“A major change. I was at a sound engineering course when I made that record and I was quite happy just to work as a tea boy and work my way up in a studio.
“During that time I was looking at different studios that I wanted to apply to.
“The record company I was with at the time, Rhythm King, suggested, Beat Dis is a hit, why don’t you make an album? And that’s what happened.
“Then Neneh Cherry came along and I worked on Buffalo Stance, her first single, and three tracks from her Raw Like Sushi album.
“Then there was Seal – I worked on Crazy with Trevor Horn. It was an amazing 10 or 12 years of working with people that I really wanted to work with.”
Do any of those collaborations particularly stand out? You also worked with Depeche Mode, who we spoke about, Sinead O’Connor…
“A lot of them stand out. Obviously the Neneh track stands out because it was the first production I did. Depeche Mode’s Strange Love was the first remix I did and that obviously clearly stands out.
“So do remixes I did for Bowie, because I met him. For Bjork, because it was an amazing tune.
“Also the Depeche Mode album Ultra. Working with Gavin Friday – I was a bit of a Virgin Prunes fan. Working with him on his solo album led me to work with Sinead.
“There have been a few Depeche Mode fans coming in here, asking me to sign copies of Ultra. It’s wonderful.”
“It was an amazing journey of musical… love, really [laughs]. That’s the only way I can put it!”
About remixing, when you do a remix, is there usually much collaboration, any collaboration, or do they usually just hand you a track and say, We want you to do your thing on our track?
“Usually that is the case. And hopefully that is normally the case.
“When I approach somebody that I like musically and give them a track, I let them do whatever they want.
“Because I respect what I do and it would be pointless me saying, Let’s to this, this or that. Then it’s not that personal to them.”
And say with Bowie, did he give you any instructions or say anything to you at all?
“Absolutely not, no. It was brilliant.
“I met him at a hotel where he was staying. He invited me and played three tracks, on a cassette!
“He was like, These are three new tunes I’ve done with Brian [Eno] and these are the tracks I’d like you to work on.
Do producers in the dance area have a kind of limited shelf-life, because the music changes all the time and there are always new trends, compared to in rock?
“Yes, probably. I think that’s about right really.
“Two or three years ago I just kind of got to the point where I thought I’d done what I wanted to do. I’d worked with the people I’d wanted to work with.
“It was definitely time to explore something else. And food was a natural progression for me.
“I didn’t really want to be a 60-year-old DJ [laughs], in Ibiza or whatever, trying to be cool. It’s silliness.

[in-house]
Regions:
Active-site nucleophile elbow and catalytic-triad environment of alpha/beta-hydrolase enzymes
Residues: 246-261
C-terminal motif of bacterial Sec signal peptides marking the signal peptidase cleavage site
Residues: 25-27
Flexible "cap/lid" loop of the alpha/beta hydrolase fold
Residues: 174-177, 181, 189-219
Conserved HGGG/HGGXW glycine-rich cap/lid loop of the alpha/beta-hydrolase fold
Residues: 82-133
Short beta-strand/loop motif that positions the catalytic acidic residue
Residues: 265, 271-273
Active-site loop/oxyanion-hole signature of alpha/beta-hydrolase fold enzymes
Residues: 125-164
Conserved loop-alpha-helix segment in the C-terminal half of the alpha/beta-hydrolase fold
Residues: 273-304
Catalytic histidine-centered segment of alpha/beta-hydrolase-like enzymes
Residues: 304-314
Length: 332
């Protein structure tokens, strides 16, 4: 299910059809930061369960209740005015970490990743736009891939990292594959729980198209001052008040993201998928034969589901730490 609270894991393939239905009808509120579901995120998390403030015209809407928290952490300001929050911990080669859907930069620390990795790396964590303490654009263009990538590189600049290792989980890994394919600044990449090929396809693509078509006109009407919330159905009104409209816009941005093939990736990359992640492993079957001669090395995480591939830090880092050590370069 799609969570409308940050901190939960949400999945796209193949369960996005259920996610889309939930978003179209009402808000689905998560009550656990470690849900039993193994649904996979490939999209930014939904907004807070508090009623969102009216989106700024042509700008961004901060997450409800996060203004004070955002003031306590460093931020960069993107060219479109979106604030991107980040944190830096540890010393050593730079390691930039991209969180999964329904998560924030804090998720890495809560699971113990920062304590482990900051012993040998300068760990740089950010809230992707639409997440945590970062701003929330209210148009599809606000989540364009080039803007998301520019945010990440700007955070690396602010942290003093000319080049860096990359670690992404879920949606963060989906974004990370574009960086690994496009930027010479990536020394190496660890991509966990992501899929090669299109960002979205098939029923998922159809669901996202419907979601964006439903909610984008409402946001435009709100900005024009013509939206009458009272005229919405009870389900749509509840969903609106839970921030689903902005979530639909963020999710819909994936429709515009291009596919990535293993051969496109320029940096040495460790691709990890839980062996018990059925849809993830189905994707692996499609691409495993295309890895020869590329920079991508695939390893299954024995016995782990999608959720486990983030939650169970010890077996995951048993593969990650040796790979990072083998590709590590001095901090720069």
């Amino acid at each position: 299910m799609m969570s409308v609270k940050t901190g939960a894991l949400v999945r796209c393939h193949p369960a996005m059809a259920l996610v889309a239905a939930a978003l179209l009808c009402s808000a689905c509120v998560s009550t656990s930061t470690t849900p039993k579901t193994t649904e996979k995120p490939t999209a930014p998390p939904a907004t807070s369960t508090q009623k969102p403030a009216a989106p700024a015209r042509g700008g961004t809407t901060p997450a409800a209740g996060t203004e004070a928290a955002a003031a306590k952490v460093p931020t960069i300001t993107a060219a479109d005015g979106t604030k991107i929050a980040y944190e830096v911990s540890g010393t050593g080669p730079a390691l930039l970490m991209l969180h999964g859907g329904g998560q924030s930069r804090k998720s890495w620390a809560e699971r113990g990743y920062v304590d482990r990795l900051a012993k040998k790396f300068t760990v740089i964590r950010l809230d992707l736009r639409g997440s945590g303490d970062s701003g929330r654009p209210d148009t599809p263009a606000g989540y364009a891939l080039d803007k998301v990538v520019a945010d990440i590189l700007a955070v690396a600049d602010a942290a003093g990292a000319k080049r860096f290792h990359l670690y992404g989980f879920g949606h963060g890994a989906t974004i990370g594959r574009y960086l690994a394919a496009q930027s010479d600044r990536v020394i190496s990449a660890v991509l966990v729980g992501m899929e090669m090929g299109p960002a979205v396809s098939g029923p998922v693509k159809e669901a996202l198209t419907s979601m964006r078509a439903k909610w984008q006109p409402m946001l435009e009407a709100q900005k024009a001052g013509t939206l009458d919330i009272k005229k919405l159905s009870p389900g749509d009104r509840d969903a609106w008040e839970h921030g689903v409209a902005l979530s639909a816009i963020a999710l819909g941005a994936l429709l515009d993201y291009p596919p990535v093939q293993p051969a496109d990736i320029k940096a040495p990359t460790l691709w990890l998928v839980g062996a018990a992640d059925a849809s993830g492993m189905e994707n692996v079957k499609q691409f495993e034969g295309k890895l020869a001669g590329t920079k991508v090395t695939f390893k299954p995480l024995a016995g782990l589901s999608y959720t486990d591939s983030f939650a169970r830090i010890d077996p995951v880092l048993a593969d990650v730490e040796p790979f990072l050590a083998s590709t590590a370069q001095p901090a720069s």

“It was just a natural thing, to move on and try something else.”
Recently I was speaking to a Czech musician I know and when I told him I was going to be meeting you he said, Oh, we should drop by and talk to him – maybe he could work with us. Would you be open to working with Czech musicians?
“The thing is, when I did music, that’s all I did. I was completely absorbed by it and dedicated to doing music 100 percent.
“I’m not very good at doing two things at once. I found that out at a very young age.
“So for me, now that I’m doing this, I think it would be unrealistic to detach myself from this and work in a studio for a week or two, even if it’s just on one track.
“I like to get things right, to the best version of a song or of a meatball or as it may be [laughs].”
Have you had music fans coming in here looking to talk to you? For instance one of the places that I read about this shop was on a Depeche Mode fan site.
“In between making a menu [laughs] I’ll grab a pen and sign an album.
“It’s unusual. It really is unusual. It’s hard to describe. But it’s at the same time really sort of touching.”
Looking to the future, what are your plans for Brixton Balls? You haven’t been open so long at this location, but would you like to expand or anything like that?
“We’re still trying to find our way here, to be honest. We opened about two and a half months ago and I’m still trying to find what’s working and what isn’t working.
“I’d like to reduce the menu some more, because it is literally two people doing this.
“That’s why we’re open four days a week. But we want to open five days a week and maybe on Fridays and Saturdays we’ll want to open later.
“We’re playing with a lot of different things. It takes time.
“We’re sort of growing into the concept. We started the concept, we got the place, we’ve opened the place, it’s up and running and now we’re going, This is working and OK, this could be left out.”
My last question is how do you like living here in Prague?
“I love it. I think I wouldn’t have chosen to start a business here if it wasn’t a place that I could see myself spending time in.
“I love it because it’s open, it feels free, people are good.
“I’ve met some really wonderful people since I’ve been here. And that’s encouraged me to carry on doing what I’m doing here.”